The very first challenge the engineering and design team tackled, Microsoft says, was making sure the X was a “True 4K Gaming” machine – something the company’s put up from and center of its marketing campaign around the machine. This, as the company says, was the driving force behind how the machine was designed and created.
“The Scorpio Engine is designed, at its core, to be the most powerful system-on-a-chip for game consoles that has ever been created,” the company said. “And to make that happen, it was clear that nearly every component that was to be housed in the system was going to have to be custom built. That left the team with a lot of freedom of how it could design the system around things like optical drives, hard drives, and memory components.”
It was, as Leonardo Del Castillo, the general manager of Xbox services console development, puts it, like starting with a bag of parts and trying to turn that into a product. “We needed a direction, and floor planning directions, to lead the architecture around what the motherboard will look like, what will the chassis look like. And for that you lean on the design team,” he said.
According to Microsoft, all the disparate parts needed to come together into a “cohesive unit.”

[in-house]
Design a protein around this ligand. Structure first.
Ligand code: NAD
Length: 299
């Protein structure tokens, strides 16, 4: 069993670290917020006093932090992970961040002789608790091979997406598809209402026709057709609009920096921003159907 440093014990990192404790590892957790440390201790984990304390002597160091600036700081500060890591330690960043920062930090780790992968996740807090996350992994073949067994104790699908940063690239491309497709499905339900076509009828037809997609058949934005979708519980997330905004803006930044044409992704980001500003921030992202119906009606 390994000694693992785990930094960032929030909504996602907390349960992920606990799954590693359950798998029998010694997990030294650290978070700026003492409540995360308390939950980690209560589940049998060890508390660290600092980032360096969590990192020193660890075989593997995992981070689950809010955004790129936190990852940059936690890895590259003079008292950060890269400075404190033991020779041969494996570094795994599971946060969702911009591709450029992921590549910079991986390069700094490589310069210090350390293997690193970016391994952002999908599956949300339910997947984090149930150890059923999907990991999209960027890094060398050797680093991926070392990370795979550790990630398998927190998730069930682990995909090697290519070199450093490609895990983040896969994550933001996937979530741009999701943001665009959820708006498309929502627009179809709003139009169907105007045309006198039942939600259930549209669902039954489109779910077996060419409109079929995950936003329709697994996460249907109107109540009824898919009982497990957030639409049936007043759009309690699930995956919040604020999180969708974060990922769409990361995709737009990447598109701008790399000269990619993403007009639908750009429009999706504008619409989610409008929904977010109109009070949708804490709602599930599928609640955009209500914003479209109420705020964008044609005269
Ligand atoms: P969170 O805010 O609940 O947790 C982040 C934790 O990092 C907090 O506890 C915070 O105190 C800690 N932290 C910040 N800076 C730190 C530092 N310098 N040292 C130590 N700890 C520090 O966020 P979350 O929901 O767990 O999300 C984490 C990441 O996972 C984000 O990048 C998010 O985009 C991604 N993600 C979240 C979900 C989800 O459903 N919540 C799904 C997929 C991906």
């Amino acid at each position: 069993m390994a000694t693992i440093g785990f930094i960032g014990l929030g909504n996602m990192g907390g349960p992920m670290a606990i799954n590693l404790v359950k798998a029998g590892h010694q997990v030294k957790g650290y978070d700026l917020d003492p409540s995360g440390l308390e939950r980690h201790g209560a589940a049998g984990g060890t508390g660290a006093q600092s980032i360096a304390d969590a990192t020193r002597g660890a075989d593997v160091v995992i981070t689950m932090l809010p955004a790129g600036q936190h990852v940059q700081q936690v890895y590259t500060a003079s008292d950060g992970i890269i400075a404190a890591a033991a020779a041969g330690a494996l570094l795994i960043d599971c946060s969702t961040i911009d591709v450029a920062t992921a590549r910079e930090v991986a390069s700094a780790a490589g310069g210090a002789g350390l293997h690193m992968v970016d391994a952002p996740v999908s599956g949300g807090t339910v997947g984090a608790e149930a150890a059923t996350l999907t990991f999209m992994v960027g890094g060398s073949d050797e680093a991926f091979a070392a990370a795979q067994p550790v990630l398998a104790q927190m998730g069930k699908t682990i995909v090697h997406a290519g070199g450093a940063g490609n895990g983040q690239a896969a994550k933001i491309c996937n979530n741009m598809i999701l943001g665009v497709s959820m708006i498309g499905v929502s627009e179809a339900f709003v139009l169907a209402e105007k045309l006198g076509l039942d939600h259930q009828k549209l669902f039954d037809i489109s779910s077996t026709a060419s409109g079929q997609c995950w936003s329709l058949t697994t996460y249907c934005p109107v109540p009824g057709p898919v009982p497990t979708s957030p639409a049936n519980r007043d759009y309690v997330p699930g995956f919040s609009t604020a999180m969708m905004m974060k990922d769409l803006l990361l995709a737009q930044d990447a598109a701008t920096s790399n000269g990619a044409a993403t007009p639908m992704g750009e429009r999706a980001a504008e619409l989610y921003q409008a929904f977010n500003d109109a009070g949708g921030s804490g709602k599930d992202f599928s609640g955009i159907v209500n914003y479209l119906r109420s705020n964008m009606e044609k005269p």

“We envisioned this monolith [ like from 2001: A Space Odyssey],” Bryan Sparks, senior designer at Microsoft’s device design team says. “Whenever you see it in the film, it was a signal to the audience that it was the next phase of advancement. So, we kept that as a design goal: Xbox One X is the next point of advancement.”
The Xbox One was a big machine, weighing 7 pounds and measuring more than 13 inches wide and 10 inches long. But rather than make the Xbox One X a bigger machine than the original, the company went for subtlety – despite the 40-percent power increase. As Sparks puts it, the company wanted the X to be no bigger than the Xbox One S – a smaller version of the original machine, released in 2016.
The two teams worked together to build a machine that worked within the compact design it envisioned. The teams “found it would make the most sense to have the motherboard fit on the ‘ceiling’ of the console, and placing the optical drive and hard drive on top of one other to create the optimum stacking height of the system. … To continue with the efficient design (getting these parts into a small form factor) they placed the power right behind the optical drive. In turn, this allowed them to keep all the ports on the back of the system in nearly same place as Xbox One S so that when you’re upgrading to Xbox One X, set up would be as simple, yet familiar, as possible.”